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Whitworth professor of history invited to give closing lecture Sept. 26 at international symposium

September 24, 2010
Anthony E. Clark, assistant professor of East Asian history at Whitworth, will deliver the closing lecture on Sept. 26 at an international symposium, Legacies of the Book: Early Missionary Printing in Asia and the Americas, hosted by the University of San Francisco. Clark's lecture is titled Conversion by the Book: Giulio Aleni, S.J., and Jesuit Print Culture in Late-Imperial China.

Clark was invited to give the lecture by Antoni Ucerler, a research scholar and lecturer at the University of Oxford. Ucerler extended the invitation after learning of Clark's recent publications on China's Christian history and a paper he presented at the Association for Asian Studies in Chicago in 2009.

"I feel very humbled to be meeting some of the scholars I have admired for years," Clark says. Other lecturers in attendance will represent 11 countries on four continents.

Clark's lecture will focus chiefly on his recent research on the missionary publications of Giulio Aleni (1582-1649), who produced some of China's first books on Christian belief. Clark will share excerpts from his recent translation of Aleni's Four Character Classic. He believes his translation is the first complete one in existence.

His lecture will also consider how Christian missionaries employed traditional Chinese print culture, such as woodblock prints, to promote Christian doctrine during the Ming and Qing dynasties. The lecture is based on Clark's original research in The Vatican's secret archives and the Pope's private library, as well as in Jesuit archives in Europe and Asia.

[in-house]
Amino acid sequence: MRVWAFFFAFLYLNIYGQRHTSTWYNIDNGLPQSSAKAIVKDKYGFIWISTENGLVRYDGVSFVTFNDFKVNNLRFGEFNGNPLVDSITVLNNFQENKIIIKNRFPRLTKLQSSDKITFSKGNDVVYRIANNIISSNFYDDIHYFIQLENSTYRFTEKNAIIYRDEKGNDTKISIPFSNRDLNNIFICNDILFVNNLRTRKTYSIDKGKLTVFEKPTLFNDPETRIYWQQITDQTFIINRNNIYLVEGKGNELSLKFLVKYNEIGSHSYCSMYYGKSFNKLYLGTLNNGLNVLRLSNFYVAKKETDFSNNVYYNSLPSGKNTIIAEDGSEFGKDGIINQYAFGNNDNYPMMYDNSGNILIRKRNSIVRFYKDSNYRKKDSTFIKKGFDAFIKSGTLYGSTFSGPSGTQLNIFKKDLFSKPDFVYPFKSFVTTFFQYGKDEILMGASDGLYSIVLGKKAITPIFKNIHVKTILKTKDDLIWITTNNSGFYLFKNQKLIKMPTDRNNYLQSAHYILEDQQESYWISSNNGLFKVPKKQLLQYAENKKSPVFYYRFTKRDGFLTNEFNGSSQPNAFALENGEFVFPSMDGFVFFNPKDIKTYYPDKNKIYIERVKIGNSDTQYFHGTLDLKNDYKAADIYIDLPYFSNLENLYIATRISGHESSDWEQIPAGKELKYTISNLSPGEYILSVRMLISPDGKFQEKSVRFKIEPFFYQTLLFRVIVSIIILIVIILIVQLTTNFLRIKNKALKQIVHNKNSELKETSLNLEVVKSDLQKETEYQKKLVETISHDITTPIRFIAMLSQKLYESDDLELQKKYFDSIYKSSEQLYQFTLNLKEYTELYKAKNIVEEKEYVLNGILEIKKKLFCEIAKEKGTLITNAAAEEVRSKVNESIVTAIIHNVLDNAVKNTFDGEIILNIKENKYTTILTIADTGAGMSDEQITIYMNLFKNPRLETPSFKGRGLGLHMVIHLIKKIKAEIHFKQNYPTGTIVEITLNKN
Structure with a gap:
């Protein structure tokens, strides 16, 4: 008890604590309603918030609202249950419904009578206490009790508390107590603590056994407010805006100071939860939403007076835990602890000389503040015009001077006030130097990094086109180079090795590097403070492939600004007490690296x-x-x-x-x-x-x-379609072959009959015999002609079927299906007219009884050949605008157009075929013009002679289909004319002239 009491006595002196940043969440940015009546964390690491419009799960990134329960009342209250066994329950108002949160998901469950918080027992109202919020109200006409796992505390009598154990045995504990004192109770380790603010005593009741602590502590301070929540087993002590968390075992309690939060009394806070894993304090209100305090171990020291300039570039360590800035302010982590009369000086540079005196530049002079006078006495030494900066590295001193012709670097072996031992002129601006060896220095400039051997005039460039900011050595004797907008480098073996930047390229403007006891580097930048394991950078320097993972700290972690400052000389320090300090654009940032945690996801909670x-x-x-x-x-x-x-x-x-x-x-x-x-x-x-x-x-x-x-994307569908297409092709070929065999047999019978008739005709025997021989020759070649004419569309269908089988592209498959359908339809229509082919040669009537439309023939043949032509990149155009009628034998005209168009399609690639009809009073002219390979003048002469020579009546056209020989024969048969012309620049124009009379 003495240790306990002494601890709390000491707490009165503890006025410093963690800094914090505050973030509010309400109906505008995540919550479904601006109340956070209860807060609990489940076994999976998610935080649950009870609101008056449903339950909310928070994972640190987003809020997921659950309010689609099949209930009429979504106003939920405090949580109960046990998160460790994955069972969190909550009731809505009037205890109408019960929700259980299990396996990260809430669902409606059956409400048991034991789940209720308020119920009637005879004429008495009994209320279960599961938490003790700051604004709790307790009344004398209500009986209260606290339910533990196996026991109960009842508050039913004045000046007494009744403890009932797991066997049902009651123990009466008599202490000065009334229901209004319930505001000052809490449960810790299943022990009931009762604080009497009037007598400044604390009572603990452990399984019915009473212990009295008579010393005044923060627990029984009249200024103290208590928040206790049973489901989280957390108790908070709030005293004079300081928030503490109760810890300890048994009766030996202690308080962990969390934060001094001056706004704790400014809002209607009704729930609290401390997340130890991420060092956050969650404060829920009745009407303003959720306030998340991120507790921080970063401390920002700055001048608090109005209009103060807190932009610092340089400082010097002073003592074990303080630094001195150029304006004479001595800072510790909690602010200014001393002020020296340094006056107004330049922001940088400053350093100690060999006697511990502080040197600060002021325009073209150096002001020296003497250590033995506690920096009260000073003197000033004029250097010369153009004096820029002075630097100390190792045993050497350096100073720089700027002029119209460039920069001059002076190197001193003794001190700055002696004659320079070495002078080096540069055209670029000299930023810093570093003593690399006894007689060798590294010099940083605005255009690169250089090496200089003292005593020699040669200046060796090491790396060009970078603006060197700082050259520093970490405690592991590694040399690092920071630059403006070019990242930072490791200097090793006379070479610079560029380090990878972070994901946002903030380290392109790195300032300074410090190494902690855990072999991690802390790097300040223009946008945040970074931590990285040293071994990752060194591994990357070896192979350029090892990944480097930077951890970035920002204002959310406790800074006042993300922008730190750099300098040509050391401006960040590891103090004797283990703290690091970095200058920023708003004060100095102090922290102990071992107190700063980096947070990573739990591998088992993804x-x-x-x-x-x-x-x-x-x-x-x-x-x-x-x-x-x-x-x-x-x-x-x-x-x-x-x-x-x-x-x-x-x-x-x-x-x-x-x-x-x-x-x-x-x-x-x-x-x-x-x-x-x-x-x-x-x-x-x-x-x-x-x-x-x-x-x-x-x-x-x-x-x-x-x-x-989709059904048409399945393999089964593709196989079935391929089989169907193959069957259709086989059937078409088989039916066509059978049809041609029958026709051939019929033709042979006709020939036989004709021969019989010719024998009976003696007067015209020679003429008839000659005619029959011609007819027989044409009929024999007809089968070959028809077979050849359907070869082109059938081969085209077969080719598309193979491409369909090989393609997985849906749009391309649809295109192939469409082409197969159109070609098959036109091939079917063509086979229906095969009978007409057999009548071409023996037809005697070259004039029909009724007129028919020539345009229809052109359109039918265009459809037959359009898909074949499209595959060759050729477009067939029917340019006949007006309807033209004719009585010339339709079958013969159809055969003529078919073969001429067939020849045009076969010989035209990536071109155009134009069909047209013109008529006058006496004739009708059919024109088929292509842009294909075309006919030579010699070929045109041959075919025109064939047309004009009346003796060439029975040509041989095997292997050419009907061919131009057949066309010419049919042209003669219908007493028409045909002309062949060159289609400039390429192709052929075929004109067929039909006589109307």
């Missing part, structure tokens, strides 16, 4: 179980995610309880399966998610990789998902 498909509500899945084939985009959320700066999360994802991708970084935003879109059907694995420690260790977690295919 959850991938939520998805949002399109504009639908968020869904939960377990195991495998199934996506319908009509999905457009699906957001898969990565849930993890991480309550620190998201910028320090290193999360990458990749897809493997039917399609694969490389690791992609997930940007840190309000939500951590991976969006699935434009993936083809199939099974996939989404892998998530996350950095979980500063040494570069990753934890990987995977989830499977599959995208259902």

Following the symposium, Clark's lecture will be published as a chapter in a scholarly volume.
The Legacies of the Book symposium is one part of a celebration of the life of Matteo Ricci, a Jesuit specialist and one of the founding figures of the Jesuit China mission. Events for the celebration, A Jesuit Pioneer of Cross-Cultural Understanding, began in August and will continue until Dec. 19.

Founded in 1984, the University of San Francisco's Ricci Institute for Chinese-Western Cultural History at the Center for the Pacific Rim, College of Arts and Sciences, is a premier global resource for the study of Chinese-Western cultural exchange with a core focus on the social and cultural history of Christianity in China.

Last month, Clark hosted "The Saints of China: Martyrs of the Middle Kingdom," a 13-episode TV series on Chinese Catholic martyrs. The show is expected to air on EWTN multiple times in mid-2011.

Clark is the author of Ban Gu's History of Early China (Amherst, New York: Cambria Press, 2008) and editor of the forthcoming Beating Devils and Burning Their Books: Representations of China, Japan, and the West (University of Michigan AAS Press, 2010). His upcoming books are China's Saints: Catholic Martyrdom during the Qing (1644-1911) (Lehigh University Press, 2011) and Barbarians at the Gate: Crisis and Conflict in Shanxi, China, 1900 (in progress).

Clark, who joined the Whitworth faculty in 2009, holds a Ph.D. from the University of Oregon, where he also earned his bachelor's degree. He has also studied language, historical literature and cultural studies at the Central University for Nationalities, in Beijing; the Alliance Fran├žaise in Paris; and the National Taiwan Normal University and the Taipei Language Institute, both in Taipei, Taiwan.

Located in Spokane, Wash., Whitworth is a private liberal arts university affiliated with the Presbyterian Church (USA). The university, which has an enrollment of about 3,000 students, offers 60 undergraduate and graduate degree programs.


Anthony E. Clark, assistant professor of East Asian history, Whitworth University, (509) 777-4368 or

Emily Proffitt, public information officer, Whitworth University, (509) 777-4703, or